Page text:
Touching tributes continued to be paid to Drummer Lee Rigby in Woolwich today, as the community stood united in condemning the soldier's brutal death.
A steady stream of well-wishers added to the hundreds of flowers left at the corner of John Wilson Street, where three days earlier the 25-year-old father-of-one was hacked to death by two suspected terrorists.
In one heartfelt tribute, a picture of Drummer Rigby with his son Jack was pinned to the railings, with the caption "Daddy and his little soldier! R.I.P Lee".
Union and St George's flags were draped among the flowers, while a number of Manchester United football shirts were on display to recognise Drummer Rigby's lifelong support of the club.
Emotions were clearly still raw when a young woman broke down in tears as she arrived to see the mass of floral tributes.
The woman, wearing a green hoodie, sobbed and wiped tears from her eyes with a tissue as she read messages of condolence left for Drummer Rigby.
She was surrounded by more than a dozen friends and family members, many of whom appeared visibly upset.
The group left the scene after about 10 minutes without speaking to members of the press and walked towards Woolwich town centre.
Nigerian Kanbi Ojelade, 50, was among those paying their respects today, along with his two sons, Umran, 10, and Feranmi, 11, who both live in Woolwich.
Mr Ojelade, who lives in Colchester, said: "I brought them here to realise people are responsible for their freedom, safety, their welfare and development.
"The ultimate price anyone can pay is to give his life for others."
Royal British Legion member Charles Clayton, 66, said he believed the Government could have done more to identify the terror suspects earlier.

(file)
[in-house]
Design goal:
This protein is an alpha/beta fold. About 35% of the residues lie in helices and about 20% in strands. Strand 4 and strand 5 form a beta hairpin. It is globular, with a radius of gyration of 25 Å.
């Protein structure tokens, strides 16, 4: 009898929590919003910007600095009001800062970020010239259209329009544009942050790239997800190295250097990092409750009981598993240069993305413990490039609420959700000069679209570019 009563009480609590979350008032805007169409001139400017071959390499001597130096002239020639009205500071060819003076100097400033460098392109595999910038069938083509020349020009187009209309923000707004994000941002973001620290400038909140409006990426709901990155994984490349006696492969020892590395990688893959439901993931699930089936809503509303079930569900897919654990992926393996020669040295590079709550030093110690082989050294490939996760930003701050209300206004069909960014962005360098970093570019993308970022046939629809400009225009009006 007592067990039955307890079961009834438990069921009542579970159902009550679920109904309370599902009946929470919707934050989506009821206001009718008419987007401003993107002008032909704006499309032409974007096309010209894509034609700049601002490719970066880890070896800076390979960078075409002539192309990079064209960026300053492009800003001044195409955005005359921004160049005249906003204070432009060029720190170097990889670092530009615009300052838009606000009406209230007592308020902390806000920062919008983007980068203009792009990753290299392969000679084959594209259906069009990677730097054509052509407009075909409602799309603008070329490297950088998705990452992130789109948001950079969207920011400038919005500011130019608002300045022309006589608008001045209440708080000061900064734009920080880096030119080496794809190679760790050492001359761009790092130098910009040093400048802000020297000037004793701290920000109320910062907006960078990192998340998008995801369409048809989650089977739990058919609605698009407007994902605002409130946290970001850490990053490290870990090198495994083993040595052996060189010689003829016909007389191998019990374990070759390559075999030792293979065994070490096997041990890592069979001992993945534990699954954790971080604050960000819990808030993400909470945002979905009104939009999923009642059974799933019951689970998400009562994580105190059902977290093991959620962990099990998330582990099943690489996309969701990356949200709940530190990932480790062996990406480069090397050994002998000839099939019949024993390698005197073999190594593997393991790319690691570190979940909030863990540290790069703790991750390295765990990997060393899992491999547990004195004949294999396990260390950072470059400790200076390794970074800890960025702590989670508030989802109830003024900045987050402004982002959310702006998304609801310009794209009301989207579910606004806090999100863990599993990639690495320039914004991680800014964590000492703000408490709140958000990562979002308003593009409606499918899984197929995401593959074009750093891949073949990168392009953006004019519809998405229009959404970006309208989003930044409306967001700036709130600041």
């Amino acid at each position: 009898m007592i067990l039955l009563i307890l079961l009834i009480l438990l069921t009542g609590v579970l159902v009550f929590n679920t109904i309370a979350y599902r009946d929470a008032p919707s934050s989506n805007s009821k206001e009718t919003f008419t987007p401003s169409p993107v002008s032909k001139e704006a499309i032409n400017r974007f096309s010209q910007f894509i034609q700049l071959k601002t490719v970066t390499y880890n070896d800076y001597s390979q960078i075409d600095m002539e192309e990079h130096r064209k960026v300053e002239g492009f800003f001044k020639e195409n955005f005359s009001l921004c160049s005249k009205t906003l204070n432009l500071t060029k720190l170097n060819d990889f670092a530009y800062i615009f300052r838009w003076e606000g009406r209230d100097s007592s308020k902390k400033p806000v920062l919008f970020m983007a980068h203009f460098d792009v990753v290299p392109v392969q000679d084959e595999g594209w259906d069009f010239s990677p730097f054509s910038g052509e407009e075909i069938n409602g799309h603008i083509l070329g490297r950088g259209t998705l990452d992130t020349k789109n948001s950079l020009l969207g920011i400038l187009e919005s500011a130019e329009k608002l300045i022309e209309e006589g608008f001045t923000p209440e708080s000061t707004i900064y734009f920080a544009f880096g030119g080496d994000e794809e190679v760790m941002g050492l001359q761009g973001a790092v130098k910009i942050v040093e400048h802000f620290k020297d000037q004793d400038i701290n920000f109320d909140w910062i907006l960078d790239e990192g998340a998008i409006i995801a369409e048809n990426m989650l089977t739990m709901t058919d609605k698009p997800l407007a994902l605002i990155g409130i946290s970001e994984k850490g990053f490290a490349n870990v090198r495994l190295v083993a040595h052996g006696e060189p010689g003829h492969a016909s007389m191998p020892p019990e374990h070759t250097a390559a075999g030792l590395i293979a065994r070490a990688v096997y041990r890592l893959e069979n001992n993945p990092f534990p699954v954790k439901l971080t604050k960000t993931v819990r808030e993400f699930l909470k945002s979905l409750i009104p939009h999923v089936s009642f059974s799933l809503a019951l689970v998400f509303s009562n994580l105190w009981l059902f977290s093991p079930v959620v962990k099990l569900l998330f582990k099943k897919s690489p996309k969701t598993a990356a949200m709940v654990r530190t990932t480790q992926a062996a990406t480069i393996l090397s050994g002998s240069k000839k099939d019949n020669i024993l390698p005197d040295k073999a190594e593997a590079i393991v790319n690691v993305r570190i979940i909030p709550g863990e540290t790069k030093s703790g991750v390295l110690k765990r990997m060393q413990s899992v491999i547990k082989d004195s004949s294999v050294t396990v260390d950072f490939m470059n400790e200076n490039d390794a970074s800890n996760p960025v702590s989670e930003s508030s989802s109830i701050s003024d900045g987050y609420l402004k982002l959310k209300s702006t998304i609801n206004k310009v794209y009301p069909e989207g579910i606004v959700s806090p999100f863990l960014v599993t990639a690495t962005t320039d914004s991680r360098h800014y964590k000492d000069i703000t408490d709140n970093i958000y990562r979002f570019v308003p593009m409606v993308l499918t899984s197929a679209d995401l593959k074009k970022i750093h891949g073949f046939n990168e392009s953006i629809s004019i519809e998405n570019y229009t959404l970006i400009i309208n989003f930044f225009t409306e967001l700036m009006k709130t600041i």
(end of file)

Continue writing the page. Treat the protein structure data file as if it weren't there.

"He shouldn't be forgotten," Mr Clayton said.
"It demonstrates the society we now live in. I blame the Government for allowing this to go unchecked which puts us all at risk."
Scores of motorcyclists supporting the Help For Heroes charity rode past the scene this afternoon in a show of support for Drummer Rigby's family.
A heavy police presence remained in Woolwich amid heightened fears of further attacks and an increase in anti-Muslim incidents following Drummer Rigby's death.
A "solidarity march" by the Nigerian community took place this morning from Plumstead station to Woolwich town centre.
A steady flow of people arrived to lay flowers at the corner of John Wilson Street and Artillery Place, a few hundreds yards from the entrance to the barracks.
A book of condolence has also been opened at Woolwich Town Hall, where opening hours will be extended over the bank holiday weekend to allow the public to pay their respects.
Drummer Rigby was hit by a car and then attacked with weapons including a knife and a meat cleaver but the cause of his death was not confirmed by a post-mortem examination. An inquest is due to be opened, Scotland Yard said.
Among those paying their respects yesterday was British National Party (BNP) leader Nick Griffin, who claimed he had gone for personal rather than political reasons.
Mr Griffin's visit was criticised as "provocative" by Akbar Khan, chairman of the anti-racist and community development organisation Building Bridges.
He said: "It is a provocative action by Nick Griffin, the BNP leader, to go to the place where this young soldier was murdered. All Muslims have come out and condemned this act of violence.
"Given the serene and sad atmosphere prevailing in the country, because of this person's death, he is being very cynical and exploiting the raw nerves for his benefit, and we say it is just and fair that there should be no politics over dead bodies.
"Whoever is involved in this kind of activity needs to look very carefully at what that person is doing.
"We need to be calm and deal with it in a mature and responsible manner."
Drummer Rigby's murder has provoked a backlash of anger across the country, with many incidents of mosques being attacked, racial abuse and comments made on social media.